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Determining Damages: The Psychology of Jury Awards
Am J Psychiatry 2004;161:1731-a-1732. doi:10.1176/appi.ajp.161.9.1731-a
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Tacoma, Wash.

By Edie Greene, Ph.D., and Brian H. Bornstein, Ph.D. Washington, D.C., American Psychological Association, 2003, 238 pp., $49.95.

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Outside observers have often been mystified and perplexed by jury decisions in both civil and criminal matters. Much popular mythology surrounds the jury decision-making process in these cases. In civil cases (except for those in which the judge is the trier of fact), the jury first decides whether the defendant was the responsible party in the plaintiff’s claim and then is charged with calculating the amount of compensation to be awarded to the plaintiff. In this book the two psychologist-authors explore the process by which a jury determines this amount.

The authors divide the book into three sections. The first section is arguably the most interesting and involves a compilation of data and research about the principal players in the civil courtroom drama, namely, the plaintiff, defendant, and jurors. The other two sections focus on how factors such as the severity of the alleged injury, the conduct of the litigants, and the jury decision-making process affect the amount of the award. The research and data tapped into by the authors come primarily from a social science perspective and appear to lack the rigor of biomedical research, including psychiatric research. A substantial proportion of the empirical research highlighted and discussed by the authors has been based on jury simulation studies.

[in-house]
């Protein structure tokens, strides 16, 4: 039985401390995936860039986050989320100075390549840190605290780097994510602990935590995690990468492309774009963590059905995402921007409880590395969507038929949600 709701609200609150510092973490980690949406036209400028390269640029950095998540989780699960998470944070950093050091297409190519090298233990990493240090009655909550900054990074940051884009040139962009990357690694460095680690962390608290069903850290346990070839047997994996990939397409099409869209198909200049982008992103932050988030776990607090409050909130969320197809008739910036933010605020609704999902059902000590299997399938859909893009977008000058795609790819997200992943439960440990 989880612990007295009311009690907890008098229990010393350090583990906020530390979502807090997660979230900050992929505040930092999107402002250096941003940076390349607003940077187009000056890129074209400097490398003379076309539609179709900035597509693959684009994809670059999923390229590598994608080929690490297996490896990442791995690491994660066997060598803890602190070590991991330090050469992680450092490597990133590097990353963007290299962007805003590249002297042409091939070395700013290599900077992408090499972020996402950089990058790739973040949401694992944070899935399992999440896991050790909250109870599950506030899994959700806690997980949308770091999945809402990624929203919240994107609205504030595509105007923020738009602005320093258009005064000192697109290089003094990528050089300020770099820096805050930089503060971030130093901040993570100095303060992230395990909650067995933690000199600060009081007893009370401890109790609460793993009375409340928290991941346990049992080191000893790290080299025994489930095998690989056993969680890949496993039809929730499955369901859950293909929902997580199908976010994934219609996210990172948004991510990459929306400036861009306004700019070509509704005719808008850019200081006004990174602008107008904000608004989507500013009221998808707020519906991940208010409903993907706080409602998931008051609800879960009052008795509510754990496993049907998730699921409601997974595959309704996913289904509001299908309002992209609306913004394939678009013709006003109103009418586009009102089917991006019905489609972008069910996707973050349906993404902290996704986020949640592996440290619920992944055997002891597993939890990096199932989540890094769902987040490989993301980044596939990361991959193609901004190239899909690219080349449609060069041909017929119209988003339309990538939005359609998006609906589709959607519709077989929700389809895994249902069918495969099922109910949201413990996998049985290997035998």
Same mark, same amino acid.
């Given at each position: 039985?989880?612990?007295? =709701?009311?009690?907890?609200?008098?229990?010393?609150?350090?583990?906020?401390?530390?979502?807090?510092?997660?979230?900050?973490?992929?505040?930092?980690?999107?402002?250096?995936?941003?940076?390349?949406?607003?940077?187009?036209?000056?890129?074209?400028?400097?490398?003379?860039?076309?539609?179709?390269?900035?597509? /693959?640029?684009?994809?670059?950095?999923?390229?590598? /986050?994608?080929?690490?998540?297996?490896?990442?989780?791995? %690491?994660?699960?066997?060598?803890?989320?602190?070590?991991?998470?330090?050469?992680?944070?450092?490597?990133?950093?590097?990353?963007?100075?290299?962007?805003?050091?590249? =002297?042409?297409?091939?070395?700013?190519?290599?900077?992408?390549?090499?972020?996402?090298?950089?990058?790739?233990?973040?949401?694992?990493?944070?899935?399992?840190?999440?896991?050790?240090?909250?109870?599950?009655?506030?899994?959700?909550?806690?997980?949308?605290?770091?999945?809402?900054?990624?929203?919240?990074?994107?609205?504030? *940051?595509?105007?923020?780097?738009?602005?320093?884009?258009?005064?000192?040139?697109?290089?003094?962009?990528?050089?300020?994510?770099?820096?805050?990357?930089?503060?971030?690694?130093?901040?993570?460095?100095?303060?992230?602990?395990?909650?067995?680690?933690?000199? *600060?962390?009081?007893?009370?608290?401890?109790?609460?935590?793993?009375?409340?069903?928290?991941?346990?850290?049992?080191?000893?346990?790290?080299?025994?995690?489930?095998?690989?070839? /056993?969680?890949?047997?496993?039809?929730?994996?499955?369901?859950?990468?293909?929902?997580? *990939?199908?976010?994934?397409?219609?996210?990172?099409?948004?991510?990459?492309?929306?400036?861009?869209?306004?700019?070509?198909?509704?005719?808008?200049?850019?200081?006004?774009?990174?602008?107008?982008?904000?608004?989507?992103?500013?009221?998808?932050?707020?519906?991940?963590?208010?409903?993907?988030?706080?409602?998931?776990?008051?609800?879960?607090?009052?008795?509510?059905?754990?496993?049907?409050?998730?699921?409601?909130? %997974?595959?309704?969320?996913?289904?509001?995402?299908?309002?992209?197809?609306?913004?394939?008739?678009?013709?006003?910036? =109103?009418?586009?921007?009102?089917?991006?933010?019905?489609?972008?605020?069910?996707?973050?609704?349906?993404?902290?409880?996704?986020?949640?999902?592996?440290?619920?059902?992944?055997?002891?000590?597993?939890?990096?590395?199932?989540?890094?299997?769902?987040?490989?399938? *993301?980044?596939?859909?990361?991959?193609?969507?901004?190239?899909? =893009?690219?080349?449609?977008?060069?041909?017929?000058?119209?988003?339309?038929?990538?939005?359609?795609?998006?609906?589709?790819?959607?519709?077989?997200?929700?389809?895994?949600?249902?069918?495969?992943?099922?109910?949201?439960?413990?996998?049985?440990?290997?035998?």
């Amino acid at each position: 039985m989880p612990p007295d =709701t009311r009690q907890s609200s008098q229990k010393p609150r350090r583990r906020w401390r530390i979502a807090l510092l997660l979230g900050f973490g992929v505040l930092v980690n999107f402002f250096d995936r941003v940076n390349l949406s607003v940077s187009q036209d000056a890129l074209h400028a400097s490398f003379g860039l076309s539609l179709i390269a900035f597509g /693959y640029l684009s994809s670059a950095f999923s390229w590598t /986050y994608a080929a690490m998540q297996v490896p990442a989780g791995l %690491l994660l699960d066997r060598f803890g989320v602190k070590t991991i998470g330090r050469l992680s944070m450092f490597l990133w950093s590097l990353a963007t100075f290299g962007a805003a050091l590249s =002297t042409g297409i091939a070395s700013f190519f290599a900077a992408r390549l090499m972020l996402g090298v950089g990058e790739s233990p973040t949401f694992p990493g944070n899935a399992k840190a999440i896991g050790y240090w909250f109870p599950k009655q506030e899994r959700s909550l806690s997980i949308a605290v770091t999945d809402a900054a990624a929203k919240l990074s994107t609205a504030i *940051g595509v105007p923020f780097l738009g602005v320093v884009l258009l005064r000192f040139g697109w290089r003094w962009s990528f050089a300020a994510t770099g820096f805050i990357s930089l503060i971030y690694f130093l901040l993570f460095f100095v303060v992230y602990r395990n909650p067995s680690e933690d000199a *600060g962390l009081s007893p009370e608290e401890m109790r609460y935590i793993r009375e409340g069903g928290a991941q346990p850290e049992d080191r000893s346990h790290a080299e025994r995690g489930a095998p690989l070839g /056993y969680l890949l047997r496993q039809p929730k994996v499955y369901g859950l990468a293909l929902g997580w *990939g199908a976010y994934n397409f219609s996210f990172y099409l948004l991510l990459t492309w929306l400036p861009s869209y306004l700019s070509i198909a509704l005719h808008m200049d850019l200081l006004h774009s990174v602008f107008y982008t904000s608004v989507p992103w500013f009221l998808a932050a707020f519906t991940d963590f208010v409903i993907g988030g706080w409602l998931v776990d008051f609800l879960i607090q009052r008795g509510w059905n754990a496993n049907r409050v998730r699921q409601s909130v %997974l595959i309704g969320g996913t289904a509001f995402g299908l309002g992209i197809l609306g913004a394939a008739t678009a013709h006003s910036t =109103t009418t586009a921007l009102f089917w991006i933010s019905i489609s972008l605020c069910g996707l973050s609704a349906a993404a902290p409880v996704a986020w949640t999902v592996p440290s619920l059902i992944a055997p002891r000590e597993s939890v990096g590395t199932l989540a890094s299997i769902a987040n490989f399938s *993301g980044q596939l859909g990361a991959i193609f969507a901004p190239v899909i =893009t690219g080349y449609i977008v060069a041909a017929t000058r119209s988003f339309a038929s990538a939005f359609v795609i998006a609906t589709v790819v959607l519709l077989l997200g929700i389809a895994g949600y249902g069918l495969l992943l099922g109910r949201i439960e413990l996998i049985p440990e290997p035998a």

The authors conclude that the jury decision making in civil cases is reasonable, but they would like to see some modifications in the present system to increase the likelihood that jurors produce a fair, predictable, and reasoned decision in determining the compensation amount. However, the authors recognize the limitations of the available database and the present research methodology to generate useful information. They express hope that future research will be a driving force in effecting improvements in horizontal equity in calculating the award, i.e., plaintiffs with similar injuries should be similarly compensated.

The authors aimed this book at three different groups—the academic types who are interested in the decision-making process in the context of uncertain information, policy makers who are in a position to make modifications to this process, and attorneys who want to "enhance their advocacy skills." The exclusion of practicing mental health professionals, including psychiatrists and clinical psychologists, as a primary target audience of this book does not appear to be an oversight. The book reads slowly, and there is much repetition of the limited number of ideas. The book could have been several pages shorter if the authors had written more succinctly and with less repetition about this very narrowly focused topic. Forensic psychiatrists (and psychologists) might have some interest in the book to better appreciate the nuances and complexities of jury decision making. However, this knowledge would not be particularly relevant to the role of the forensic mental health expert witness. Psychiatrists may be interested if they were defendants in a medical malpractice claim. However, the book will not allay any fears of a physician-defendant, despite the authors’ noting a relatively lower percentage of plaintiff victories in medical malpractice cases compared with other civil cases. In sum, with regard to psychiatrists and other mental health clinicians, this book would be worthwhile reading for those clinicians with an avid interest in this specific area of the judicial process.




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